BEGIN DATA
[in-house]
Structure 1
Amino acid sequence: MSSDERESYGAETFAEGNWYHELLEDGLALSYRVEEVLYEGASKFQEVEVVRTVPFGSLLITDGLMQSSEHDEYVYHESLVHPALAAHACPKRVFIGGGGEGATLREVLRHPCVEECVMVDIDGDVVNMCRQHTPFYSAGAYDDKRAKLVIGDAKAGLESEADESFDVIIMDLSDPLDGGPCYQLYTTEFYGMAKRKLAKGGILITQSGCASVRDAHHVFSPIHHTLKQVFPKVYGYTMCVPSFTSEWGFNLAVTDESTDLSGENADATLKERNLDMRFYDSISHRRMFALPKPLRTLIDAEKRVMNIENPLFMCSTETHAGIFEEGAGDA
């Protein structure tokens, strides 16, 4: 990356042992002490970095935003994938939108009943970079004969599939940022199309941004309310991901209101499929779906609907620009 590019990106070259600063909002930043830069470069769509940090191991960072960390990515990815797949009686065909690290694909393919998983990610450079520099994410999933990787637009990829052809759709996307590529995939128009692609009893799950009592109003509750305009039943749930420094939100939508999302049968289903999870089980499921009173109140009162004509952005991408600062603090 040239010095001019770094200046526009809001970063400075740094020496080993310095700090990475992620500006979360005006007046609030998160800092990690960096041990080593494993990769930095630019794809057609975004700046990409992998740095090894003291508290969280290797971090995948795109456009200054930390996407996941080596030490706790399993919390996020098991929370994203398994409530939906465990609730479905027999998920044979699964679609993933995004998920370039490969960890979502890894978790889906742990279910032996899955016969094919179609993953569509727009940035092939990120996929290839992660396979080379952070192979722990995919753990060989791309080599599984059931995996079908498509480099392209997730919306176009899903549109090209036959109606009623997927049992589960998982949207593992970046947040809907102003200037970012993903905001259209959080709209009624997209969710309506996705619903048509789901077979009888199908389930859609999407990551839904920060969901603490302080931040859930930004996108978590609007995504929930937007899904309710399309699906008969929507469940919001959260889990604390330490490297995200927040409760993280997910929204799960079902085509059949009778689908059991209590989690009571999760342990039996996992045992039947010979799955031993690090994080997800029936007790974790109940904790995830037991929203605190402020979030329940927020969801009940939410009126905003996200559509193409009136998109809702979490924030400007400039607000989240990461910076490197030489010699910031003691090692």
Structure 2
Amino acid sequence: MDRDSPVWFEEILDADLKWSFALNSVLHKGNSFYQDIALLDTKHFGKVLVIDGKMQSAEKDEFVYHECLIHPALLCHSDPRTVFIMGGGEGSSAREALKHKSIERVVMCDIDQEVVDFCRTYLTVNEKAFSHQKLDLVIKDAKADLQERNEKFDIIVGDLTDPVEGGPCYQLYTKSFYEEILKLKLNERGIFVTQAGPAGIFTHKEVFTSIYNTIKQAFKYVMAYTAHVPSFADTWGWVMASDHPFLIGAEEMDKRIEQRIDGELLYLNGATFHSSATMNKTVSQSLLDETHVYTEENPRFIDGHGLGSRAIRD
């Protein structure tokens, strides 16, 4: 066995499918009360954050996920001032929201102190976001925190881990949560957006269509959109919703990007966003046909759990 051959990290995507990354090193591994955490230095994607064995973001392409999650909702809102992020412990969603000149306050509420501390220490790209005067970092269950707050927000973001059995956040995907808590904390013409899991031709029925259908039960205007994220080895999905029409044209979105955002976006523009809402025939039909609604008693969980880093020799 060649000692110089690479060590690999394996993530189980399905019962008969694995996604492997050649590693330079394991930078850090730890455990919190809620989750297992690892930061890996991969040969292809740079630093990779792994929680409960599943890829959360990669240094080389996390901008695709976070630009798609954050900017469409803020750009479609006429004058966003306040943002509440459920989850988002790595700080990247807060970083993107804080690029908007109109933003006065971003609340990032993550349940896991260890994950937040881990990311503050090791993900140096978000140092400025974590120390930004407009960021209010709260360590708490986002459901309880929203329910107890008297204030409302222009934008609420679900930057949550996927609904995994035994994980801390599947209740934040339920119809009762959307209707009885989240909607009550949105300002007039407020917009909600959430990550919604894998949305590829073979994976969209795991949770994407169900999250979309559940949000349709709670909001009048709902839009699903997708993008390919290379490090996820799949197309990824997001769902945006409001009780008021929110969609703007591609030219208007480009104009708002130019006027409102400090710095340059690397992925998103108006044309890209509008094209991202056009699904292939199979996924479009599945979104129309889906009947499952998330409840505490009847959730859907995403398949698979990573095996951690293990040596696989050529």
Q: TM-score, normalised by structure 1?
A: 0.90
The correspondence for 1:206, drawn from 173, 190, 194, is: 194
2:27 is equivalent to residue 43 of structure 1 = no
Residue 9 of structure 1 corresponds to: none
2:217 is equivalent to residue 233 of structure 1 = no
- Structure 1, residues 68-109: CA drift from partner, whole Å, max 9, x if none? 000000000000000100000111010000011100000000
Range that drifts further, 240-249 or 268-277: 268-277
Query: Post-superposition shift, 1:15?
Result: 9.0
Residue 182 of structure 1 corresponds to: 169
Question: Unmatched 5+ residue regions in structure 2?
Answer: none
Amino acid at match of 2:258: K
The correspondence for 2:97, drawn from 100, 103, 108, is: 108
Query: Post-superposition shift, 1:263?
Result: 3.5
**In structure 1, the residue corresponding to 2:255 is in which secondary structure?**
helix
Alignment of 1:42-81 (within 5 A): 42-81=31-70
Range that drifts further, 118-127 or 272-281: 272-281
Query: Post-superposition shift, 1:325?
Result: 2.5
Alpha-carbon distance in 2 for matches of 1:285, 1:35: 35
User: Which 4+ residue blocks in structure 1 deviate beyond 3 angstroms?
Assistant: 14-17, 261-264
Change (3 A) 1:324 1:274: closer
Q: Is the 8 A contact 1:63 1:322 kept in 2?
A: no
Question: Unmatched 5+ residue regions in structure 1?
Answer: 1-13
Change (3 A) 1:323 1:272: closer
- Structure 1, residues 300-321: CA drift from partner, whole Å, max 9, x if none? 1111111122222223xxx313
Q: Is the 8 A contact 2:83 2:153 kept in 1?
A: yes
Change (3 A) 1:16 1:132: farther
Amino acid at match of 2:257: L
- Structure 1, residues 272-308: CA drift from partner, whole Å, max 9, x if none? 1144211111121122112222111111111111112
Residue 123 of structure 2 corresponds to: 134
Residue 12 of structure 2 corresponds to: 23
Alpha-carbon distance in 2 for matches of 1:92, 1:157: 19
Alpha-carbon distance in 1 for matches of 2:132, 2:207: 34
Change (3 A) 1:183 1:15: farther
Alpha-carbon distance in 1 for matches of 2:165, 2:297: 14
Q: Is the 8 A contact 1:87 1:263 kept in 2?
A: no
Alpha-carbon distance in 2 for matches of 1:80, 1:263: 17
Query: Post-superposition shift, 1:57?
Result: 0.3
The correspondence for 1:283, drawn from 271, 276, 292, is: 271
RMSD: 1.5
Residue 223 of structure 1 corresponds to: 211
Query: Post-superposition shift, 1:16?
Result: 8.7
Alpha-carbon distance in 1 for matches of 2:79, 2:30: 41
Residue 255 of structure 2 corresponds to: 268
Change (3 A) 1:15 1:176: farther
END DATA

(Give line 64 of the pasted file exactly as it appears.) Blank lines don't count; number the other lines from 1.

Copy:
Change (3 A) 1:15 1:176: farther